March is Women’s History Month and this is a time women, non binary and transgender people around the world take stock of the achievements made and what more can be done for the political, social and economical equality of all genders. One such celebration is the Women of the World festival which was conceptualized by Jude Kelly in 2010. On the 100th anniversary of International Working Women;s Day, Kelly asked herself, how fare have women come and where are they being celebrated? Hence the Women of the World (WOW) Festival was born. In 2016 the festival came to Pakistan and has since then boasted an incredible line up of performances, panels, music, art and dance all centered on Pakistani women’s achievements. After two years of virtual festivals, the sixth edition of WOW took place on 4th and 5th of March at the Beach Luxury Hotel. Organized by the British Council, Olomomoplo media, and ECDI Pakistan this year the festival was built on a sobering yet uplifting theme. The two-day event showcased an array of activities, including informative panels, interactive workshops, spectacular performances, a bustling marketplace, and fun activities for children. Additionally, the festival showcased an art exhibit, installation art, and multiple film screenings. With several attendees eagerly anticipating the festival, rest assured they were delighted to see the turnout!

Historically it has always been women that hold communities together by sharing stories and traditions and keeping families and tribes together. In this fast-changing world where things seem to be in constant flux, we need community more than ever. That’s why this year’s theme Ral Mil – meaning coming together as a community – was built upon ideas of communities of care and imagined ways to build back better, strengthen bonds, heal wounds, find joy, and salvage the earth we walk on. Hence all panels, activities, games, and performances were a tribute to coming together as a community.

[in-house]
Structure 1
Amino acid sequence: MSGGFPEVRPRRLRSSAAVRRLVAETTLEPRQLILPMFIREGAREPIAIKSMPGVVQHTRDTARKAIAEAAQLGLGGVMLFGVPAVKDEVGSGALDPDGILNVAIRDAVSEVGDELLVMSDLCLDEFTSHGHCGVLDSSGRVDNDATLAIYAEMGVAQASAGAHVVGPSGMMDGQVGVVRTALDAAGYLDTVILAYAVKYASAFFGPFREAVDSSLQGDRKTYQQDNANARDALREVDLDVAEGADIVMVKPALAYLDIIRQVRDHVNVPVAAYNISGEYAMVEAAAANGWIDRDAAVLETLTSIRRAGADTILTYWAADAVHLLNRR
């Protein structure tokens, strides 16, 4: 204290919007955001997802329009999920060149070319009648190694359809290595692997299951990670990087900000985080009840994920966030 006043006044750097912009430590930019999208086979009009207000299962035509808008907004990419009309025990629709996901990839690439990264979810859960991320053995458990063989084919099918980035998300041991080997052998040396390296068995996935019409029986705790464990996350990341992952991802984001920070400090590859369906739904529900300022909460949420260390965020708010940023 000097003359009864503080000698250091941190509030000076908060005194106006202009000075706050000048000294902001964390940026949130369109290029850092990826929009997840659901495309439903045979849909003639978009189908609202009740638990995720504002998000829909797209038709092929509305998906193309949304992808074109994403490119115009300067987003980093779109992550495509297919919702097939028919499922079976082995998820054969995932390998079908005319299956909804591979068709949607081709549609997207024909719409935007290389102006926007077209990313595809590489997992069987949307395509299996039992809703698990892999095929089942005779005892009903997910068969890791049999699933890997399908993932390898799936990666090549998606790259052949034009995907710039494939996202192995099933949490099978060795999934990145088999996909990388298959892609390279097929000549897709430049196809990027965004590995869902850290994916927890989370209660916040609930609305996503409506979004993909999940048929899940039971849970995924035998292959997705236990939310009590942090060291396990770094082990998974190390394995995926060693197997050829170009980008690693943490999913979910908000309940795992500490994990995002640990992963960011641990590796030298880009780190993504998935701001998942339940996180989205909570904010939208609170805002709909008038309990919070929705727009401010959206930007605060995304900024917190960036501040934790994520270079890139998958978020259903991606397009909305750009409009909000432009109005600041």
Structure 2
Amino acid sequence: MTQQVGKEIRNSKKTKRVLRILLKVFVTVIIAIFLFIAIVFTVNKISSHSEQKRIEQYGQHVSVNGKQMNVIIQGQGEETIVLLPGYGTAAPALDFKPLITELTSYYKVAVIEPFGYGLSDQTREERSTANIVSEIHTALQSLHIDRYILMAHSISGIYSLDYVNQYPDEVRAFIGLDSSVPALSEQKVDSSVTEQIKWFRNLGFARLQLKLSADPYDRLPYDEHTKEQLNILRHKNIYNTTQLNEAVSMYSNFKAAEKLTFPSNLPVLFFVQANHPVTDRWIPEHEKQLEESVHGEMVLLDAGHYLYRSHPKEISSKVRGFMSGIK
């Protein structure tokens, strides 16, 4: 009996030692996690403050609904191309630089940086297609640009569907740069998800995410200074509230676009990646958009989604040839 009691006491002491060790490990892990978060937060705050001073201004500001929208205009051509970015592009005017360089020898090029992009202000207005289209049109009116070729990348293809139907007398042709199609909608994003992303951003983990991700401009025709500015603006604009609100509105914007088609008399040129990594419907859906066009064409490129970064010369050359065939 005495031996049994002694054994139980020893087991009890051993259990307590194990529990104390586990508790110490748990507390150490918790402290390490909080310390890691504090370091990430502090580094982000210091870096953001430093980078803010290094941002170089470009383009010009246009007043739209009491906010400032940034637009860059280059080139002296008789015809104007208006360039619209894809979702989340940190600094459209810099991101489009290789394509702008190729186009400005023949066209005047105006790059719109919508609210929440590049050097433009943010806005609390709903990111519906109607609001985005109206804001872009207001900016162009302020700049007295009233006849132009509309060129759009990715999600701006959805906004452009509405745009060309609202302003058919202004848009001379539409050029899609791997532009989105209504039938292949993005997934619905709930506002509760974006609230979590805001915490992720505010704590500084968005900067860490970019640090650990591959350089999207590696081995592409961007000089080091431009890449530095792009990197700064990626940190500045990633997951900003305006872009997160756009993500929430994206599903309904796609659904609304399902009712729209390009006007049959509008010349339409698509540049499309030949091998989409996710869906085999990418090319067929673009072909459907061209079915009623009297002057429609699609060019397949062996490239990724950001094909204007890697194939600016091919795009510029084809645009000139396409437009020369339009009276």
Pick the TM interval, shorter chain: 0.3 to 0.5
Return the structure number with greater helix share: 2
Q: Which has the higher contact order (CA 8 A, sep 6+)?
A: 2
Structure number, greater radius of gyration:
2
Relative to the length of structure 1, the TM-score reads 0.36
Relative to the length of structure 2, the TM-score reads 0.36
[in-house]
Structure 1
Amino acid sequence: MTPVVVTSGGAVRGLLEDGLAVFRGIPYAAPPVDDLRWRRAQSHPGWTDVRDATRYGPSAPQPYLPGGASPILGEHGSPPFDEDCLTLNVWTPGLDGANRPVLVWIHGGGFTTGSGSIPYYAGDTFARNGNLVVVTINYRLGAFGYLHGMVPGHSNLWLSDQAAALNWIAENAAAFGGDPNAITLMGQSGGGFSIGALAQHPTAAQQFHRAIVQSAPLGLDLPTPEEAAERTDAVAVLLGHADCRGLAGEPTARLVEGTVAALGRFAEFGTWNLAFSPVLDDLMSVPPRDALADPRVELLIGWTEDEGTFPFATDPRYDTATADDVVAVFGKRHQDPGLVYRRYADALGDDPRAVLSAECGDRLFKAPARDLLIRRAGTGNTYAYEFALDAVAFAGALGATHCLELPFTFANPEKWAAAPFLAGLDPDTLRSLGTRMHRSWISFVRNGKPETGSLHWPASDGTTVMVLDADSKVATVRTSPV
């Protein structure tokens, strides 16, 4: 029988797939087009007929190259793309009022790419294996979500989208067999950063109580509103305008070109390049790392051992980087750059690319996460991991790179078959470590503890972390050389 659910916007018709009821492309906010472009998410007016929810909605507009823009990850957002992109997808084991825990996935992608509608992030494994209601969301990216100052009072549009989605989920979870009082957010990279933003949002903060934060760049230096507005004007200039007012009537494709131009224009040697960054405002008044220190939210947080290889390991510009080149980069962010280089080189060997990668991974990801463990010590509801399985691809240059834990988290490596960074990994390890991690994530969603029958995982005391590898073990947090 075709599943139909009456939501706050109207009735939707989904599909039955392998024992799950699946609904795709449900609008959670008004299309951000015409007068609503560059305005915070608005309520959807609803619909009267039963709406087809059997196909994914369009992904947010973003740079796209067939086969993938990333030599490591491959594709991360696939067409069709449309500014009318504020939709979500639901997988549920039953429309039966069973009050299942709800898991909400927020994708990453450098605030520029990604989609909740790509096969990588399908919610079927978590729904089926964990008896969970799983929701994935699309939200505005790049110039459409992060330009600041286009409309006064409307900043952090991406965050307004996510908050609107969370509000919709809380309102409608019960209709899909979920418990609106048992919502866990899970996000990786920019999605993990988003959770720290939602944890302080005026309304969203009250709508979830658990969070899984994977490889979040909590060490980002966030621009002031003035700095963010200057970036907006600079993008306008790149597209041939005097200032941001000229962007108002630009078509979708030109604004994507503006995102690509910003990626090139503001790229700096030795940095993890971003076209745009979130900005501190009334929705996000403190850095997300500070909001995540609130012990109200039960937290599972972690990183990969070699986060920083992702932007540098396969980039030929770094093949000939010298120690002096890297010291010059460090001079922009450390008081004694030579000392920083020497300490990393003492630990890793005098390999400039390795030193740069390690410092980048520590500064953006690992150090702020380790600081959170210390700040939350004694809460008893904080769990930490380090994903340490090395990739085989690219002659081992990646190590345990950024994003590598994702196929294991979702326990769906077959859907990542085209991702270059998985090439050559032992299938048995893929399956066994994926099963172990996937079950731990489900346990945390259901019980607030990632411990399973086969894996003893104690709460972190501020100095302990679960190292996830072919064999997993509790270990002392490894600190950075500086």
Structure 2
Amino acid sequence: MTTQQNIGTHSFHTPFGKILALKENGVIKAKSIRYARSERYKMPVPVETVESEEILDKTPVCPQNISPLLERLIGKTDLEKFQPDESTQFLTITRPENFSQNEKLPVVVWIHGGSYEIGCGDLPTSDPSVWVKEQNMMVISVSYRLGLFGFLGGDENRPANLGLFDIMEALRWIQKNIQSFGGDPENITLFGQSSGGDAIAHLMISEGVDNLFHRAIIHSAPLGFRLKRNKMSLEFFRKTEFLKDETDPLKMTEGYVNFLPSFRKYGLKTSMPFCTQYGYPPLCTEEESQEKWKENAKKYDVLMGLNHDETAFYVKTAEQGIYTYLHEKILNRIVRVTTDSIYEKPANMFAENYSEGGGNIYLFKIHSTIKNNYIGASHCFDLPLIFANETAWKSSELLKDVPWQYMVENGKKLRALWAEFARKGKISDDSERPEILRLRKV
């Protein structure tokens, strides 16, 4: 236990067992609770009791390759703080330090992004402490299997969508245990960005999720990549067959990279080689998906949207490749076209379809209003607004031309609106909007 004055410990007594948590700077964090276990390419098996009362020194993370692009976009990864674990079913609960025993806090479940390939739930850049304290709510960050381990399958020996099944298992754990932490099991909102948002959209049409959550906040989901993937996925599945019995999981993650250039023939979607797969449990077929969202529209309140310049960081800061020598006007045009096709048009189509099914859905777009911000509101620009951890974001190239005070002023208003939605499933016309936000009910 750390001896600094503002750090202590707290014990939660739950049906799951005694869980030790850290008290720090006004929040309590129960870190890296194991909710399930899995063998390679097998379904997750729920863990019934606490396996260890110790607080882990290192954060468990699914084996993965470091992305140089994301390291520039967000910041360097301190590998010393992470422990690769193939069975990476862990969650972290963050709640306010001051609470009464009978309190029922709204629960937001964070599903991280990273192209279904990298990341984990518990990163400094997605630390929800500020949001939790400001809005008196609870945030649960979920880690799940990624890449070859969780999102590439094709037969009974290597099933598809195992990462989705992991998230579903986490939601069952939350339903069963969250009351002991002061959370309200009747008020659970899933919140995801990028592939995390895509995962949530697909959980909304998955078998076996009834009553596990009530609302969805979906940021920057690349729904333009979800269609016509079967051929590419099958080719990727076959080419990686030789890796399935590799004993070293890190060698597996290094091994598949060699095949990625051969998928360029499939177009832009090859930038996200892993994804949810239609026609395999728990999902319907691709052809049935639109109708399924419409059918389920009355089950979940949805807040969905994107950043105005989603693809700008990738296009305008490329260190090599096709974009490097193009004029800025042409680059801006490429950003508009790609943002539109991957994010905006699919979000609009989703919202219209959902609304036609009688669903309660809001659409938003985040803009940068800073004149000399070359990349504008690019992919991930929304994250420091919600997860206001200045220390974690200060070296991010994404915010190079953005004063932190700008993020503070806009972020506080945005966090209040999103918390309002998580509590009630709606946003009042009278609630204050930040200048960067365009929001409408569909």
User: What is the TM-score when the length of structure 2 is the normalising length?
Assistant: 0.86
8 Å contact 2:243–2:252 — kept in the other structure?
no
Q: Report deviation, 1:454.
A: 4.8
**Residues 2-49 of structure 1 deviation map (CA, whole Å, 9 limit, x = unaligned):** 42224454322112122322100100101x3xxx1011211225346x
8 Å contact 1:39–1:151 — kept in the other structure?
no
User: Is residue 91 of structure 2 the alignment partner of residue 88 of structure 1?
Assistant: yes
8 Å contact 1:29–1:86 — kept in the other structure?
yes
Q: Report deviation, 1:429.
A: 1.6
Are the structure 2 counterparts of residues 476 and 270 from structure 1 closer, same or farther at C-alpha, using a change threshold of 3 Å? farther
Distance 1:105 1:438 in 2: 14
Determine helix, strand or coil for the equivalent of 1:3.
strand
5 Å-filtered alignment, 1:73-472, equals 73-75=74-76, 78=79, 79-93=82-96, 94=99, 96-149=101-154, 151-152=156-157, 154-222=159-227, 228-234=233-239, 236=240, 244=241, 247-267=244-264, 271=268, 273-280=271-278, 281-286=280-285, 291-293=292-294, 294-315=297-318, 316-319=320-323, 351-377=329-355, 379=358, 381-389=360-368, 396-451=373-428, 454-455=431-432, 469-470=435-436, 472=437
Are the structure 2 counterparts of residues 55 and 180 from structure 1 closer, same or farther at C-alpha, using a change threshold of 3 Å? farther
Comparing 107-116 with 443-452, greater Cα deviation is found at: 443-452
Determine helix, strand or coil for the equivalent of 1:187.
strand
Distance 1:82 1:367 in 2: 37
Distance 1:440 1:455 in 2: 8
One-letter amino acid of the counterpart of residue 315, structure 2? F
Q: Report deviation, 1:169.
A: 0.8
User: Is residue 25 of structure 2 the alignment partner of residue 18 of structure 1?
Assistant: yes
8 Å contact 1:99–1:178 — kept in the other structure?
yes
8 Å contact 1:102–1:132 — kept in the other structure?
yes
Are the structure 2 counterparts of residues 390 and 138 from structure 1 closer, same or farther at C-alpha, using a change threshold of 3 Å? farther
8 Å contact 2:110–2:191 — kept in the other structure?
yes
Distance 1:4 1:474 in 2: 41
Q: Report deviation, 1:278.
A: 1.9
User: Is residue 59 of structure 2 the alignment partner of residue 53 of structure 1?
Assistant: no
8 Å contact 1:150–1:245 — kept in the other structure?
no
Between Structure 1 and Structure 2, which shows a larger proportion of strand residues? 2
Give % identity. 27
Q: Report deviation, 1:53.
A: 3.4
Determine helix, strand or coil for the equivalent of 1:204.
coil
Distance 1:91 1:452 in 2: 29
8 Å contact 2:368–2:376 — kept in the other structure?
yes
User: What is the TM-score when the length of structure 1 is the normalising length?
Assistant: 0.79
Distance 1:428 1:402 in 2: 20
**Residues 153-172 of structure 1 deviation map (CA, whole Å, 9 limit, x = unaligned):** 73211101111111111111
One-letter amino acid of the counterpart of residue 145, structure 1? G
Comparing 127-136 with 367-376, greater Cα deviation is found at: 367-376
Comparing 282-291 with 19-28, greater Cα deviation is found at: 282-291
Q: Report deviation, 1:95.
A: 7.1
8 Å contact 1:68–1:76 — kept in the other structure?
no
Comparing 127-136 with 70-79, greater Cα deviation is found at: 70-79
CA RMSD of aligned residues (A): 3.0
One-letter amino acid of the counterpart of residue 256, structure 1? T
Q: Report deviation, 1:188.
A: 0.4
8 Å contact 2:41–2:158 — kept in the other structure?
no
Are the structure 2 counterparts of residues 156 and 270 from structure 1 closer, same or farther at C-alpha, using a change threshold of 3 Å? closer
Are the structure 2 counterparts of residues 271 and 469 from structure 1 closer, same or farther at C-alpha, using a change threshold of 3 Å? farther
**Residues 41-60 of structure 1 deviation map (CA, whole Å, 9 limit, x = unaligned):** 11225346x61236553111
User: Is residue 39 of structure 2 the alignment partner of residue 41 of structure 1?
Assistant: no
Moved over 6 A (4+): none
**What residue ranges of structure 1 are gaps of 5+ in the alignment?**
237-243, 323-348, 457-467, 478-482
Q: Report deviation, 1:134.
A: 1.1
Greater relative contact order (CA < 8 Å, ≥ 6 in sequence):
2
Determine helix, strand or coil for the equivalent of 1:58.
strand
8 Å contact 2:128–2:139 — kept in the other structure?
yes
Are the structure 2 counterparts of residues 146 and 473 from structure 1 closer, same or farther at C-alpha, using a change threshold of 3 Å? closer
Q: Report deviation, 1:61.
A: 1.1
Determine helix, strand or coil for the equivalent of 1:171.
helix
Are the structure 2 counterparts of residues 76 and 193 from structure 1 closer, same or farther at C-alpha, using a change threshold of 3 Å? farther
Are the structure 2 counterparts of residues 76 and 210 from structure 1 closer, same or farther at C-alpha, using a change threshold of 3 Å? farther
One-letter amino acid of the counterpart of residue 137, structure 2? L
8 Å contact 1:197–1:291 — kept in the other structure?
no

The WOW Festival featured musical performances by up-and-coming artists like Shae Gil, panel discussions featuring speakers such as Natasha Lakhani, workshops on parenting teens led by Maryam Munir, and dramatic reading by veteran actors like Sarmad Khoosat, who directed female-driven stories like Kamli and Akhri Station. While the festival celebrated women’s achievements and showcased their talents, it also shone a light on women’s experiences and the struggles they are still facing in 2023. This year the opening panel was a conversation of women leaders including the indomitable ADC Quratulain Wazir and her leadership under which Nowshera was evacuated during the floods. Jibran Nasir talked about how to be an effective ally and Sarwat Gilani and her Art House taught children how to be creative through recycling.

The WOW Festival had academics, artists, and activists who were trailblazers in Pakistan and internationally.

This year, organizers of the WOW Festival really wanted to create an atmosphere where everyone could intentionally build and nurture within a framework of radical love for community and acceptance of the fact that lack of access to community infrastructure and age-old cultural norms and traditions that once united humans and natures breeds desolation. The values of the festival were shaped by the need to cultivate deep relationships with people across traditionally gated and guarded spaces and with acknowledgment of the role of all living things: plants, animals, and other parts of our local heritage and ecosystems.

The WOW Festival truly lived up to the hype and we loved everything about this year’s festivities! Here’s hoping we get to attend more of such festivals in the future!

To learn more about the 6th Annual WOW Festival in Karachi click the link below: